Posts

Showing posts from November, 2013

Reverse Homesickness

Image
So, back to Thursday -- a thanksgiving spent halfway around the world, not with turkey, mashed potatoes and fixings, but as an authentic of a day devoted to being thankful as I have ever experienced to date.
In my last post, I left off with me on the side of the road struggling with the overwhelming emotion that consumed me from what I had seen over the past few days.

They fixed the flat tire. The sun broke through the clouds. An airplane took flight at the airport across the road. I dried my tears. We got back in the car and headed back to Arusha.
It felt like it had already been a full day, but it was only lunch time. 
After a quick lunch, we headed back to Maranatha Primary School to pick up Neema and another teacher to take them to a bookstore that they use for the government-approved (and required) curriculum for the school. We weren't sure what to expect, but it wasn't really this.




There were books stacked up and jammed into every spare inch of space. There were books stacke…

Blessed to be a blessing

Image
Thursday was by far the toughest day for me personally.

I think that's one of the reasons it has taken me so long to even attempt putting down my thoughts into words. Another is the wi-fi, power/generator issue here, but that's another story.
Thursday was supposed to be the "easy day." We agreed to not wearing our "uniform" and "going casual". However, it turned out that I was the only one who stuck to the plan. No matter. I was easy breezy in my long "missionary skirt" as per usual.
First, we headed to Bethel Primary School to see the headmaster, Golden, and speak with him and his staff about how Character 101could help them. They were so happy to see us and had fond memories of the team's visit last year. We came bearing three bags of items for the staff. I think they might have been the most excited about the blow up globes that were donated by my girls' scout troop in Clovis. They kept handing them to the geography teacher o…

Happy are the feet...

Image
When I was younger, I had a thing about my feet -- more specifically about my toes. I inherited the "Bruton toes" which you can see above. This entails having a longer second toe than the big toe and oddly curving fourth toes that more or less lay on the side rather than standing at attention. It used to make me so self-conscious that I would not wear flip flops or sandals or anything that might possibly show those rebellious digits.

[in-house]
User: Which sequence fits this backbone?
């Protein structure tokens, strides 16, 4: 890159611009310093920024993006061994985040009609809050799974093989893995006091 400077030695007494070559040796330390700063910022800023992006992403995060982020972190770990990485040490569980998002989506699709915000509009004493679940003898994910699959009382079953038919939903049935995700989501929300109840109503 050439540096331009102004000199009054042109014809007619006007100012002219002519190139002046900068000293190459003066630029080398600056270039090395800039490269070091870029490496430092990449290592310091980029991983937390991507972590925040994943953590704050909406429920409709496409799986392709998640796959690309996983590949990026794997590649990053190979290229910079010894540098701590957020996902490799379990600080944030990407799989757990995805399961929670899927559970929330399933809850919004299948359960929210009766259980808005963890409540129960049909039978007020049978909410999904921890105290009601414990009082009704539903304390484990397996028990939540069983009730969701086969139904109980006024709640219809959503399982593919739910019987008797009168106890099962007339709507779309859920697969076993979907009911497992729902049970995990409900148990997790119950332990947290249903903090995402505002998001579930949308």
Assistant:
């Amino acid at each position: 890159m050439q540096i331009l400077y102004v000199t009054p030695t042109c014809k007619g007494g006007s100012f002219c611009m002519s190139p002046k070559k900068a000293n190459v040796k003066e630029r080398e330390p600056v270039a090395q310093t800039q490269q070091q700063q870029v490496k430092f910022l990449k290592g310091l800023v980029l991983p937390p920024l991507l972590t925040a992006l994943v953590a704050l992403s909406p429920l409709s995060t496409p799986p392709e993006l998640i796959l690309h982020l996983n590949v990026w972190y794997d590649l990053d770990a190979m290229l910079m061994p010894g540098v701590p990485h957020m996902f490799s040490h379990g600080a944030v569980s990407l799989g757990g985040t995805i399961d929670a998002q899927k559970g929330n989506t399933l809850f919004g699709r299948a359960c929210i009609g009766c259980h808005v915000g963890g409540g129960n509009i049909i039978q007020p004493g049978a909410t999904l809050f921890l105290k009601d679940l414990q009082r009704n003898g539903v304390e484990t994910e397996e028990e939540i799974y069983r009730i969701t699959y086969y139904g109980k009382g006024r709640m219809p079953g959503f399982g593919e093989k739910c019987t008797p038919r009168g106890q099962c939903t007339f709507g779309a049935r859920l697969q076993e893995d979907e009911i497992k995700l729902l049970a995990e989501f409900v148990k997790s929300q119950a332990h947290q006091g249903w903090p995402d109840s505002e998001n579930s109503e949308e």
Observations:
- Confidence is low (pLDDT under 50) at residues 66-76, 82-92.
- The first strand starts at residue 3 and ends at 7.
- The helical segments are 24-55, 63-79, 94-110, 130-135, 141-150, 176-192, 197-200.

Last Saturday, I was able to break through my jet-lagged fog enough to admire these super cute Tanazanian sandals and have Rylie buy them for me (I have not carried a single bit of currency since I've been here which has been equal parts liberating and horrifying for this independent gal.)
After my internal 3 a.m. wake-up call early Wednesday a.m., I got ready for the day (my first day not wearing my "uniform" which was also equal parts thrilling and horrifying after appearing the first day and my uncle announcing, "You look l…

Finding My Niche

Image
It occurred to me that I am somewhat writing my posts out of sequence. The last one I posted was about Sunday, yet the one posted before that was about Monday. Don't even get me started about Tuesday.

Actually, I probably should get started on that since I started writing this early Wednesday morning, but now it's actually Thursday morning here as I post it. (See what I mean? I'm confused myself.)
After falling into a deep sleep around 7:30 p.m. on Monday night, I again found myself wide awake at 3 a.m. (yes...my old friend). I whittled away the hours by reading the epic tome, The Exodus, by Leon Uris. It had been years since I last read it and I have been wanting to read it again. I figured an epic travel journey was the perfect time to download it to my tablet and have for airplanes and jet lag. I'm glad I prepared.
And, yet, it took me until a few hours ago as I opened the book to read it and saw the title filling the page that once again, there is a theme to this …

Your Works Do Follow You

Image
A few minutes ago, my eyes stuttered open. The grey light through the curtains brought a silent cheer as I assumed that this would be the first night that I could count as interrupted sleep.
I was wrong.
A short walk to the bathroom belied that fact as the bright light from the lit hallway filtered through the bathroom windows -- unexpected power in a country actively engaged in power rationing. Rubbing sleep away from my eyes, I considered taking a shower while I have the guarantee of hot water.
Jet lag has struck again.
3:00 a.m....my old friend.
The night before on Monday, I fell asleep mid-sentence at 7:30 p.m. after a busy day at Ngarenaro public school and a tour of an orphanage out the direction of Mt. Kilimanjaro. After washing away the red mud that clung to my shoes and feet, I lay down sated with having held a little four-year-old boy in my lap for a quarter of an hour. That small blessed head felt the same nestled into my shoulder an ocean away from home and my own little f…